49. Italo Calvino, If on a winter’s night a traveler

Picking up If on a winter’s night a traveler, you can immediately tell that Calvino is ready to lead you on a merry ride. He addresses the reader directly, teasing them about their reactions to reading the book–but this isn’t what the author’s voice sounds like at all, even though he’s known for changing it book to book. It’s a strange and challenging book but recognizably Calvino, simply because you can just feel the love of books radiating from it. For example, this passage, I loved:

Following this visual trail, you have forced your way through the shop past the thick barricade of Books You Haven’t Read, which were frowning at you from the tables and shelves, trying to cow you, But you know you must never allow yourself to be awed, that among them there extend for acres and acres the Books You Needn’t Read, the Books Made For Purposes Other Than Reading, Books Read Even Before You Open Them Since They Belong To The Category Of Books Read Before Being Written. And thus you pass the outer girdle of ramparts, but then you are attacked by the infantry of Books That If You Had More Than One Life You Would Certainly Also Read But Unfortunately Your Days Are Numbered. With a rapid maneuver you bypass them and move into the phalanxes of the Books You Mean To Read But There Are Others You Must Read First, the Books Too Expensive Now And You’ll Wait Till They’re Remaindered, the Books ditto When They Come Out In Paperback, Books You Can Borrow From Somebody, Books that Everybody’s Read So It’s As If You Had Read Them, Too. Eluding these assaults, you come up beneath the towers of the fortress, where other troops are holding out:
the Books You’ve Been Planning To Read For Ages,
the Books You’ve Been Hunting For Years Without Success,
the Books Dealing With Something You’re Working On At The Moment,
the Books You Want To Own So They’ll Be Handy Just In Case,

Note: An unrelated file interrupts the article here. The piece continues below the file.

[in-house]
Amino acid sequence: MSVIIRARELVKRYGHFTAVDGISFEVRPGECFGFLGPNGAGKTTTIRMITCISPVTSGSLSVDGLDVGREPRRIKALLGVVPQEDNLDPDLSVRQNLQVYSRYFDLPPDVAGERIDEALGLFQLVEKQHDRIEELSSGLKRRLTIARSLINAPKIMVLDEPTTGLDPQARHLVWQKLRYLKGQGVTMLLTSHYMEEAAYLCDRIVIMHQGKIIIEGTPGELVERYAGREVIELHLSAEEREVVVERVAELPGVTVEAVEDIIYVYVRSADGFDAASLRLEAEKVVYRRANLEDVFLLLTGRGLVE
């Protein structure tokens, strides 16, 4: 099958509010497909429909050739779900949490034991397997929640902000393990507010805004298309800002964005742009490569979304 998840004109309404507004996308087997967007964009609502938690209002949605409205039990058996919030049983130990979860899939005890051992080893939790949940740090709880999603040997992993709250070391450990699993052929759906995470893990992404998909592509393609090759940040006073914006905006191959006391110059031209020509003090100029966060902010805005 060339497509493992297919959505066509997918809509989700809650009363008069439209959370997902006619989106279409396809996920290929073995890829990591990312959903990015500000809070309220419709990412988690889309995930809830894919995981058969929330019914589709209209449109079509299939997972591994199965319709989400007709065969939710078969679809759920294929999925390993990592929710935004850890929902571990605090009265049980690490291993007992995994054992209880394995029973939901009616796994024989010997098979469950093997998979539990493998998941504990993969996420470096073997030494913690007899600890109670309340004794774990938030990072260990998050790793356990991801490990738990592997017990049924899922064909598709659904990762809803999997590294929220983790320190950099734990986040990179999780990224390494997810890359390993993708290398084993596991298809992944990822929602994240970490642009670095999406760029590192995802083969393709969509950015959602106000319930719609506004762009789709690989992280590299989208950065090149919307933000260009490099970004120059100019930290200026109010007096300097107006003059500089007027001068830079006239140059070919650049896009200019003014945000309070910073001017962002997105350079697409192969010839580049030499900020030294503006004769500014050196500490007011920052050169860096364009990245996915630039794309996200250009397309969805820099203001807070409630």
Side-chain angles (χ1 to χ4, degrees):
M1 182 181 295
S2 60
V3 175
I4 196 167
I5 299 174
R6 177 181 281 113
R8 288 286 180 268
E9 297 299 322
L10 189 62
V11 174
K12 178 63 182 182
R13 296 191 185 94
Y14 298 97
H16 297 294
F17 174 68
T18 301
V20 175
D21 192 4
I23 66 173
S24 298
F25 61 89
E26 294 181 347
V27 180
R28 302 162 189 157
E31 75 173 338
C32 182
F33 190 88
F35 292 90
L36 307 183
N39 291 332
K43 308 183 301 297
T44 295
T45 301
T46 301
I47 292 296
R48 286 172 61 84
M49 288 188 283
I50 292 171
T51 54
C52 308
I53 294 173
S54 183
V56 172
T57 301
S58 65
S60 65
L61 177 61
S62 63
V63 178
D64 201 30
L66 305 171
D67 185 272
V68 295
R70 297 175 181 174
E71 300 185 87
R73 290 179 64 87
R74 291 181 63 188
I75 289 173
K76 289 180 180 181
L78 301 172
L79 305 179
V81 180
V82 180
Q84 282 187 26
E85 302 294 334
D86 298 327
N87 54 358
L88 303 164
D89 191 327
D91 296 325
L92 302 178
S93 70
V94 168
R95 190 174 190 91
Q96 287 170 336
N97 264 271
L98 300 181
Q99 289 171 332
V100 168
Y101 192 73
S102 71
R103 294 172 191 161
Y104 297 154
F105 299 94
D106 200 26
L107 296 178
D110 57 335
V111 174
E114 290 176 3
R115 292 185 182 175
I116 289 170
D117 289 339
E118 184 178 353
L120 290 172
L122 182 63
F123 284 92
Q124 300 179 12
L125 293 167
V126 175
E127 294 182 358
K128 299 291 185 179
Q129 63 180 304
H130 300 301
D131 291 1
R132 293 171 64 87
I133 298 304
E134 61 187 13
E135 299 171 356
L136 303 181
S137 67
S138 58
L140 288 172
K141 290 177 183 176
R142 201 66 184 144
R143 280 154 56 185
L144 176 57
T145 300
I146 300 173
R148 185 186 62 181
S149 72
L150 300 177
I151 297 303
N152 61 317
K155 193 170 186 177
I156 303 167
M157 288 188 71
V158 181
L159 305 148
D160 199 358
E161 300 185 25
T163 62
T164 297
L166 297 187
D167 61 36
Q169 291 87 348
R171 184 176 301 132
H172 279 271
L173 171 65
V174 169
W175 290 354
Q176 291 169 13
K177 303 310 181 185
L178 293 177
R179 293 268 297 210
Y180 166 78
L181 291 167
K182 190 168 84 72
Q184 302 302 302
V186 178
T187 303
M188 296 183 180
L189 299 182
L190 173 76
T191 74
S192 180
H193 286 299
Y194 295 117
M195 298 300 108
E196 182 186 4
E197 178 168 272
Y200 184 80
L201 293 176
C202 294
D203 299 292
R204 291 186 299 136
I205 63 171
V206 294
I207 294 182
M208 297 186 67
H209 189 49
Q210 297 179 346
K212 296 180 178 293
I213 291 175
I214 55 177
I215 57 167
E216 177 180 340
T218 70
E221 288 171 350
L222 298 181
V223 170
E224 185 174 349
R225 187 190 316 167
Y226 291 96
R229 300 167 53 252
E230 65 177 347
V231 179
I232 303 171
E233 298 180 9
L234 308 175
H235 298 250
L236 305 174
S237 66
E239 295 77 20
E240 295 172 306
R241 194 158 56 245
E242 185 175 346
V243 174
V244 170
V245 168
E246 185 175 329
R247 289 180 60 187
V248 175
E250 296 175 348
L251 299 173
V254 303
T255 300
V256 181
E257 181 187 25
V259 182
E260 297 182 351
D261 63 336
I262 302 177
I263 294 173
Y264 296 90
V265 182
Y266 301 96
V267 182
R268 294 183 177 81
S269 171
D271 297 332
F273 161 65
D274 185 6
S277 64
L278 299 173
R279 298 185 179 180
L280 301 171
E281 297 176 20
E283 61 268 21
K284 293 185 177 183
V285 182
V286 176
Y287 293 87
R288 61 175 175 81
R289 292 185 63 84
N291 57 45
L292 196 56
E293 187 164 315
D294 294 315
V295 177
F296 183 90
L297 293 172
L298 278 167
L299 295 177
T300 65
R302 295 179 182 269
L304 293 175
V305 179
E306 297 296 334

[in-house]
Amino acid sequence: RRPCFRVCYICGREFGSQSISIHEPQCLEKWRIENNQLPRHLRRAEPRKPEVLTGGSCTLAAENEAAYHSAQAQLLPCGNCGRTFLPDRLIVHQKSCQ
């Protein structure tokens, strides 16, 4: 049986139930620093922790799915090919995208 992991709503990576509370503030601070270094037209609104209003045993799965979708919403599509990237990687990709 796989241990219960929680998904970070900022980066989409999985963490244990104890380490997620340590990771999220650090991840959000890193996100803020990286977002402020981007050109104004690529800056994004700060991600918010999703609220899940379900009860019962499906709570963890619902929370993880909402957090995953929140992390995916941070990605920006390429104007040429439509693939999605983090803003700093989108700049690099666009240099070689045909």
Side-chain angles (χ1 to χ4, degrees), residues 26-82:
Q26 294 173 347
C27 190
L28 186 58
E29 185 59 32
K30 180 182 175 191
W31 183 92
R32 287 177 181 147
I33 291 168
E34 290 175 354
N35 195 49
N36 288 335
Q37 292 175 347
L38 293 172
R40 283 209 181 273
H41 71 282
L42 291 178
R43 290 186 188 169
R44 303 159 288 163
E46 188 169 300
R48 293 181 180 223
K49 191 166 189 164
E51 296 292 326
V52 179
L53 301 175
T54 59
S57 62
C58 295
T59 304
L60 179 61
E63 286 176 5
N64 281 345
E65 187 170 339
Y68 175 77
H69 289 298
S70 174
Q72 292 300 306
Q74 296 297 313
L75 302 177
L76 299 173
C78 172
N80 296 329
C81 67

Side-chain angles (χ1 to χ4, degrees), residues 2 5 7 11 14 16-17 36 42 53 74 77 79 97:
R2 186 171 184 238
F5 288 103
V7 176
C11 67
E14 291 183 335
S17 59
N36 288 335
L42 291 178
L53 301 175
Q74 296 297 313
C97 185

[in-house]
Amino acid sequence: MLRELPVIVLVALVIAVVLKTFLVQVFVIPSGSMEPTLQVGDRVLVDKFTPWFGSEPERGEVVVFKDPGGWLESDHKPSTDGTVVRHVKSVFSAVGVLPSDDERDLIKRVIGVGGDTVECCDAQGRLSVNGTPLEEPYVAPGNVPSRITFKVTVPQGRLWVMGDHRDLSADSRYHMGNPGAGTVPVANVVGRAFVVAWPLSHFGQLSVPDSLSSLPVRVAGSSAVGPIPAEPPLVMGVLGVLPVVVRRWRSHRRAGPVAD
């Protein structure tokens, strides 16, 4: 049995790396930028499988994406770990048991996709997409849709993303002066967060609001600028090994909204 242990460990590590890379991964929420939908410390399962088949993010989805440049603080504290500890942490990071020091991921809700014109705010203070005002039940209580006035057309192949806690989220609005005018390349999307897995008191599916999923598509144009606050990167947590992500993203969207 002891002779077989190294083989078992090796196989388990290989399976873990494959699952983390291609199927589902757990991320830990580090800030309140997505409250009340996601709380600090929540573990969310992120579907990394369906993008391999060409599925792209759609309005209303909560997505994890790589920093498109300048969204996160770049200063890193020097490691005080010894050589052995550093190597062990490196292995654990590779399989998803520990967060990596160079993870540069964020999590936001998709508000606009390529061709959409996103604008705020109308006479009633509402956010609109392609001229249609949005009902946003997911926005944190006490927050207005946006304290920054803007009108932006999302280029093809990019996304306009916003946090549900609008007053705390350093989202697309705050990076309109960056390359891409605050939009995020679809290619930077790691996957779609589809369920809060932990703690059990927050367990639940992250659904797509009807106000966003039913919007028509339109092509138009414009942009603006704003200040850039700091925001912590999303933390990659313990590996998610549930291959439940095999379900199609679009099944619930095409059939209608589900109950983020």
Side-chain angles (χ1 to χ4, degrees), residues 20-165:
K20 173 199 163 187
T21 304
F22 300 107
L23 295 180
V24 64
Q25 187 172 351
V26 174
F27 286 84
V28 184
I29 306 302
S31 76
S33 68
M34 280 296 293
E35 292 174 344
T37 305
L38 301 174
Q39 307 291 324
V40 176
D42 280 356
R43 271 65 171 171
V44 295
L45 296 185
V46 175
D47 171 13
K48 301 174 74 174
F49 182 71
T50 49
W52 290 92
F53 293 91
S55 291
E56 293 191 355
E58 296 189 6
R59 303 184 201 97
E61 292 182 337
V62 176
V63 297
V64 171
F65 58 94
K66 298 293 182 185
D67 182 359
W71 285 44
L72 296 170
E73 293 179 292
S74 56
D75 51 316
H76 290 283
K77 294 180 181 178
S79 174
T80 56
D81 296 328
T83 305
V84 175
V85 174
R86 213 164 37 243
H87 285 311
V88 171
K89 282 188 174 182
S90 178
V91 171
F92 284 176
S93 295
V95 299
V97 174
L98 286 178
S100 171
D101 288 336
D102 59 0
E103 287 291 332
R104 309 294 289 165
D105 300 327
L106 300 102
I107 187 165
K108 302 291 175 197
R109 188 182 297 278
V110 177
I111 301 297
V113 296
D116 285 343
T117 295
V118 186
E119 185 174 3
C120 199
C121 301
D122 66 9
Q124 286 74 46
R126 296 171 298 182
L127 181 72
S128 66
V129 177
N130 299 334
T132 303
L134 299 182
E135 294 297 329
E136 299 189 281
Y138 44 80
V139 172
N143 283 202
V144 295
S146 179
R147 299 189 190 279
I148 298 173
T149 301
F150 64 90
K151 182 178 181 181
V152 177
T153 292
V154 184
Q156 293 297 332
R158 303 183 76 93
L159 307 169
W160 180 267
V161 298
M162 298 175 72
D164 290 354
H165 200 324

the Books You Could Put Aside Maybe To Read This Summer,
the Books You Need To Go With Other Books On Your Shelves,
the Books That Fill You With Sudden, Inexplicable Curiosity, Not Easily Justified…

Anyone who’s ever spent time in a bookstore knows that Calvino got it right, that’s exactly the sort of books lurking to find you in a bookstore. The “plot” follows two readers as they try to actually finish the titular story, which ends up being several other stories, all leading to a stunning conclusion. It’s a very clever book but somehow manages to not be annoying. I loved it, and sadly I don’t have much else to say about it other than that I’m extremely envious of Calvino’s brain, the way that he can weave together ten such disparate novel beginnings and still push the “reader” plot forward thematically…

It’s the sort of book where the impact is huge the first time you read it, and it’s not quite so breathtaking the second or third time, but then you begin to discover other little hidden gems, pieces of sentences that really speak to you—and it holds up that way. 

And with that I’m done with Calvino for now, on to Camus.

  1. shiralipkin reblogged this from jhameia
  2. numinouswords reblogged this from jhameia and added:
    Sometimes I forget how much I love this book, and then I pick it up again. (It’s also gorgeous in Italian, by the way).
  3. mindyhoyden reblogged this from jhameia
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  5. jhameia reblogged this from kynodontas and added:
    One of my favourite novels from my entire undergrad career.
  6. kynodontas reblogged this from aubade
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